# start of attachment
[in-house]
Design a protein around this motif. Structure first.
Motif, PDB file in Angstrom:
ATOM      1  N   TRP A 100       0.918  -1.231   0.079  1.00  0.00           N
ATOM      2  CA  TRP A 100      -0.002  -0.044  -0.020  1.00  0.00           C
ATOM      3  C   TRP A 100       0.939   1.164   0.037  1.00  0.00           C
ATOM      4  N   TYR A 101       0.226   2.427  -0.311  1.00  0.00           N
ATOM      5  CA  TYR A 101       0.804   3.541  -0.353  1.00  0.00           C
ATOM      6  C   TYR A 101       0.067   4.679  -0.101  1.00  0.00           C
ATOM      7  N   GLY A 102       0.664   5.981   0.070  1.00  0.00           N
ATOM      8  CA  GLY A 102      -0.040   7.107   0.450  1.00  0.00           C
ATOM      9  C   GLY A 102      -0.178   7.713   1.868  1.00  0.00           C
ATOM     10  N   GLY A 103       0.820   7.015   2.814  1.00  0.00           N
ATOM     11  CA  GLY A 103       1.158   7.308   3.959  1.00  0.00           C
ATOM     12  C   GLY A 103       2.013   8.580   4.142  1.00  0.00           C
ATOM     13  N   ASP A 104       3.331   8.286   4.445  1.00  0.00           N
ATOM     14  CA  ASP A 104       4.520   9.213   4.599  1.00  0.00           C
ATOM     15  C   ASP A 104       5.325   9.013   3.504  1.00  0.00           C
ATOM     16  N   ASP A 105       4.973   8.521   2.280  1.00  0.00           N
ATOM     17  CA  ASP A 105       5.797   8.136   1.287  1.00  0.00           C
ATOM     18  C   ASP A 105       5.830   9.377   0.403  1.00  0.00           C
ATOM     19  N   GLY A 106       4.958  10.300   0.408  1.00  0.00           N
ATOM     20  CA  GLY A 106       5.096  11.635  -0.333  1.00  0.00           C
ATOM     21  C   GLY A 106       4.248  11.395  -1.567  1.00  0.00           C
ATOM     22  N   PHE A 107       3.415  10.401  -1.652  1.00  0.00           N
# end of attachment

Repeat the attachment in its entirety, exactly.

[in-house]
Design a protein around this motif. Structure first.
Motif, PDB file in Angstrom:
ATOM      1  N   TRP A 100       0.918  -1.231   0.079  1.00  0.00           N
ATOM      2  CA  TRP A 100      -0.002  -0.044  -0.020  1.00  0.00           C
ATOM      3  C   TRP A 100       0.939   1.164   0.037  1.00  0.00           C
ATOM      4  N   TYR A 101       0.226   2.427  -0.311  1.00  0.00           N
ATOM      5  CA  TYR A 101       0.804   3.541  -0.353  1.00  0.00           C
ATOM      6  C   TYR A 101       0.067   4.679  -0.101  1.00  0.00           C
ATOM      7  N   GLY A 102       0.664   5.981   0.070  1.00  0.00           N
ATOM      8  CA  GLY A 102      -0.040   7.107   0.450  1.00  0.00           C
ATOM      9  C   GLY A 102      -0.178   7.713   1.868  1.00  0.00           C
ATOM     10  N   GLY A 103       0.820   7.015   2.814  1.00  0.00           N
ATOM     11  CA  GLY A 103       1.158   7.308   3.959  1.00  0.00           C
ATOM     12  C   GLY A 103       2.013   8.580   4.142  1.00  0.00           C
ATOM     13  N   ASP A 104       3.331   8.286   4.445  1.00  0.00           N
ATOM     14  CA  ASP A 104       4.520   9.213   4.599  1.00  0.00           C
ATOM     15  C   ASP A 104       5.325   9.013   3.504  1.00  0.00           C
ATOM     16  N   ASP A 105       4.973   8.521   2.280  1.00  0.00           N
ATOM     17  CA  ASP A 105       5.797   8.136   1.287  1.00  0.00           C
ATOM     18  C   ASP A 105       5.830   9.377   0.403  1.00  0.00           C
ATOM     19  N   GLY A 106       4.958  10.300   0.408  1.00  0.00           N
ATOM     20  CA  GLY A 106       5.096  11.635  -0.333  1.00  0.00           C
ATOM     21  C   GLY A 106       4.248  11.395  -1.567  1.00  0.00           C
ATOM     22  N   PHE A 107       3.415  10.401  -1.652  1.00  0.00           N